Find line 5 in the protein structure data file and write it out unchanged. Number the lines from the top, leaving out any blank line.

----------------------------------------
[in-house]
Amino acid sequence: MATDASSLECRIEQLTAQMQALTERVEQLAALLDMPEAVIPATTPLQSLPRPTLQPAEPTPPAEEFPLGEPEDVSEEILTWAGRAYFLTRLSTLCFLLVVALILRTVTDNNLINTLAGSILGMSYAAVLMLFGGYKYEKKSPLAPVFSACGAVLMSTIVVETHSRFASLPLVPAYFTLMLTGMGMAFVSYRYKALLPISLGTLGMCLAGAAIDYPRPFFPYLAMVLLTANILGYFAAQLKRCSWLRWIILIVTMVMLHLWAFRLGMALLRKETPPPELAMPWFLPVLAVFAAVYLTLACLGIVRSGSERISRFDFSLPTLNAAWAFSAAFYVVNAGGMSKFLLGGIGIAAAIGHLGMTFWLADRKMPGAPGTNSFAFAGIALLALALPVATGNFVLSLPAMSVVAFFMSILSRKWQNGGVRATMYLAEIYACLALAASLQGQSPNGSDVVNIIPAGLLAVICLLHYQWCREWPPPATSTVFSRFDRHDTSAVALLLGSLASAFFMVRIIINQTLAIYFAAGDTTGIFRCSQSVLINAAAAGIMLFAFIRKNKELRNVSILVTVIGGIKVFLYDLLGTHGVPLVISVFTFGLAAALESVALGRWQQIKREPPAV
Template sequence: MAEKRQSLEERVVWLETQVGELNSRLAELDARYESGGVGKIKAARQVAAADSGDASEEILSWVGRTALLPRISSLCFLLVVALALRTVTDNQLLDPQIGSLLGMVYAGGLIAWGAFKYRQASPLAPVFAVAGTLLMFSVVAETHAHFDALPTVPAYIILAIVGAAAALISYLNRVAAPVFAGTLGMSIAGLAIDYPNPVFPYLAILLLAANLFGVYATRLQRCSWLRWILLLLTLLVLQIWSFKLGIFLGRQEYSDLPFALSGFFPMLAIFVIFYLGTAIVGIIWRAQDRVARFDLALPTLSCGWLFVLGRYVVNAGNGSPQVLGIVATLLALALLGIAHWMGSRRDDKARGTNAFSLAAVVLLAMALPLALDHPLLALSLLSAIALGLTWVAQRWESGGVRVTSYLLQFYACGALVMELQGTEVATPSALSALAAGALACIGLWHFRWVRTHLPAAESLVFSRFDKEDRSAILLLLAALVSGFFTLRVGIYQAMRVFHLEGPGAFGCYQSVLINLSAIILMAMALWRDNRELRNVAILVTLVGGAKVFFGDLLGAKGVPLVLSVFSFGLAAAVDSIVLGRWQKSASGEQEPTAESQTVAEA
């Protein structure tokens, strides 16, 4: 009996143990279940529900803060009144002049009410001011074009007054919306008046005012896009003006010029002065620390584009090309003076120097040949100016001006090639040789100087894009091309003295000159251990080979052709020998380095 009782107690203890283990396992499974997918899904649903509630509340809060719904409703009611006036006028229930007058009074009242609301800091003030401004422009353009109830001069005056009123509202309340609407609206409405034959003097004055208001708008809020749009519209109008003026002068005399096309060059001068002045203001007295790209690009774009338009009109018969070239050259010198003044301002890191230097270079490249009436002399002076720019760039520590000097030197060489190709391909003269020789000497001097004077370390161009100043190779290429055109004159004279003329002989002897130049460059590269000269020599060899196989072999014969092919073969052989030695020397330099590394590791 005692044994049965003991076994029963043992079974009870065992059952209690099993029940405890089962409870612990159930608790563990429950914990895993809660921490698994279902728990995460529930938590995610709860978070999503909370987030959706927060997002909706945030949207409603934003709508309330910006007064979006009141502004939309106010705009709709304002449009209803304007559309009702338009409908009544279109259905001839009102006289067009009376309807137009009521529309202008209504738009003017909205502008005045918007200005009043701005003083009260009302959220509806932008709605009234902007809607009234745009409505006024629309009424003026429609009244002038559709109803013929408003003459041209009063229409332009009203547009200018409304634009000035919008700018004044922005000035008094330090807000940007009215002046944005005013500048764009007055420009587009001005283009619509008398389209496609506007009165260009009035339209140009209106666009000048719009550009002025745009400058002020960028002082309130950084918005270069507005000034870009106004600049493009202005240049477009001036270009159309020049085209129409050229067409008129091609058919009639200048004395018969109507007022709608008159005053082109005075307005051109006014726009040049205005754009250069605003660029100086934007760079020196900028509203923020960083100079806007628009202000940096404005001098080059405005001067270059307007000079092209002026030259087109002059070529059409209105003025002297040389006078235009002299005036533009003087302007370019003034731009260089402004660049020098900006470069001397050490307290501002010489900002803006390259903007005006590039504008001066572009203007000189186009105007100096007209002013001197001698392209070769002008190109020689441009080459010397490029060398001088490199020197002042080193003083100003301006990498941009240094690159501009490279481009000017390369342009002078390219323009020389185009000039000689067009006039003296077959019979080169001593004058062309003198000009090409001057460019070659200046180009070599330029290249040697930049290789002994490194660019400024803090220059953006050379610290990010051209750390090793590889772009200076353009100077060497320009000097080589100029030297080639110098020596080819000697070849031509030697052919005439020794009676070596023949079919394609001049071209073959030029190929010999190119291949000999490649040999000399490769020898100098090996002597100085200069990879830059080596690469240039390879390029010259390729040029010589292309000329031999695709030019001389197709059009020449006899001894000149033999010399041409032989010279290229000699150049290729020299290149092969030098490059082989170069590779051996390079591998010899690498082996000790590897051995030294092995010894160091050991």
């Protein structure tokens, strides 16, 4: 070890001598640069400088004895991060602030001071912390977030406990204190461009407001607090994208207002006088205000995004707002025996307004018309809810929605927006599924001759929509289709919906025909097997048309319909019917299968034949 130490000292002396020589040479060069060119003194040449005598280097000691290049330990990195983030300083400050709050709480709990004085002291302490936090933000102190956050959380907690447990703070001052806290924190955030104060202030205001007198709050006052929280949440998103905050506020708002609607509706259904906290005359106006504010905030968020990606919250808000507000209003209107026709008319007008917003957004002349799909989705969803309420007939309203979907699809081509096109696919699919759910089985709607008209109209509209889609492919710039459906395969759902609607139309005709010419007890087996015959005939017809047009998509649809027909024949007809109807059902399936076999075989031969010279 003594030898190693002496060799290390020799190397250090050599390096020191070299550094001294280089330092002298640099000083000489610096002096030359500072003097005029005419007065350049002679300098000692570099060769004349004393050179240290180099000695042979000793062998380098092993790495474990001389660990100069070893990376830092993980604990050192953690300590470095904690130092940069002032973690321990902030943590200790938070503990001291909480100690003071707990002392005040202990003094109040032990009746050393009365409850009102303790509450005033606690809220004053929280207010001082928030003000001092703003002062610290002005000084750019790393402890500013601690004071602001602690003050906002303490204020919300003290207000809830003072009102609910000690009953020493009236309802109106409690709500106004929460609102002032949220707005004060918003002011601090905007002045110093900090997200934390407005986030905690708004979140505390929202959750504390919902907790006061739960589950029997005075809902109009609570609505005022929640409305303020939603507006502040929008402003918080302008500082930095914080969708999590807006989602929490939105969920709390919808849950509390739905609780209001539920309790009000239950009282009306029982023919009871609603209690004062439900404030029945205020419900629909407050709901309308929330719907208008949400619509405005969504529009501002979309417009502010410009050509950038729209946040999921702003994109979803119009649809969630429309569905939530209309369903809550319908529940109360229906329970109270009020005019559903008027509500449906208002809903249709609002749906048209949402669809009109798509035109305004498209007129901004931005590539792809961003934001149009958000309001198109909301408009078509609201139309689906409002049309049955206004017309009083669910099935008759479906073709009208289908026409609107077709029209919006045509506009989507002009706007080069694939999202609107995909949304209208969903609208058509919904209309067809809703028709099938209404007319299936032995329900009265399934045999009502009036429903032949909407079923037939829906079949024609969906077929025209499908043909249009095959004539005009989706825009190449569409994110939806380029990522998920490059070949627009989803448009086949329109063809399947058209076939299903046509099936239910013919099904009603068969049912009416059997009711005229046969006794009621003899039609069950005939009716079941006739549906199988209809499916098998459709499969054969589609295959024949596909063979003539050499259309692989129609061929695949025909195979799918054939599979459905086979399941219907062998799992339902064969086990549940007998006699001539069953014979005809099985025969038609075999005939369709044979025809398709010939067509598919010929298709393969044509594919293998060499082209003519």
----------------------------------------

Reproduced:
């Protein structure tokens, strides 16, 4: 070890001598640069400088004895991060602030001071912390977030406990204190461009407001607090994208207002006088205000995004707002025996307004018309809810929605927006599924001759929509289709919906025909097997048309319909019917299968034949 130490000292002396020589040479060069060119003194040449005598280097000691290049330990990195983030300083400050709050709480709990004085002291302490936090933000102190956050959380907690447990703070001052806290924190955030104060202030205001007198709050006052929280949440998103905050506020708002609607509706259904906290005359106006504010905030968020990606919250808000507000209003209107026709008319007008917003957004002349799909989705969803309420007939309203979907699809081509096109696919699919759910089985709607008209109209509209889609492919710039459906395969759902609607139309005709010419007890087996015959005939017809047009998509649809027909024949007809109807059902399936076999075989031969010279 003594030898190693002496060799290390020799190397250090050599390096020191070299550094001294280089330092002298640099000083000489610096002096030359500072003097005029005419007065350049002679300098000692570099060769004349004393050179240290180099000695042979000793062998380098092993790495474990001389660990100069070893990376830092993980604990050192953690300590470095904690130092940069002032973690321990902030943590200790938070503990001291909480100690003071707990002392005040202990003094109040032990009746050393009365409850009102303790509450005033606690809220004053929280207010001082928030003000001092703003002062610290002005000084750019790393402890500013601690004071602001602690003050906002303490204020919300003290207000809830003072009102609910000690009953020493009236309802109106409690709500106004929460609102002032949220707005004060918003002011601090905007002045110093900090997200934390407005986030905690708004979140505390929202959750504390919902907790006061739960589950029997005075809902109009609570609505005022929640409305303020939603507006502040929008402003918080302008500082930095914080969708999590807006989602929490939105969920709390919808849950509390739905609780209001539920309790009000239950009282009306029982023919009871609603209690004062439900404030029945205020419900629909407050709901309308929330719907208008949400619509405005969504529009501002979309417009502010410009050509950038729209946040999921702003994109979803119009649809969630429309569905939530209309369903809550319908529940109360229906329970109270009020005019559903008027509500449906208002809903249709609002749906048209949402669809009109798509035109305004498209007129901004931005590539792809961003934001149009958000309001198109909301408009078509609201139309689906409002049309049955206004017309009083669910099935008759479906073709009208289908026409609107077709029209919006045509506009989507002009706007080069694939999202609107995909949304209208969903609208058509919904209309067809809703028709099938209404007319299936032995329900009265399934045999009502009036429903032949909407079923037939829906079949024609969906077929025209499908043909249009095959004539005009989706825009190449569409994110939806380029990522998920490059070949627009989803448009086949329109063809399947058209076939299903046509099936239910013919099904009603068969049912009416059997009711005229046969006794009621003899039609069950005939009716079941006739549906199988209809499916098998459709499969054969589609295959024949596909063979003539050499259309692989129609061929695949025909195979799918054939599979459905086979399941219907062998799992339902064969086990549940007998006699001539069953014979005809099985025969038609075999005939369709044979025809398709010939067509598919010929298709393969044509594919293998060499082209003519």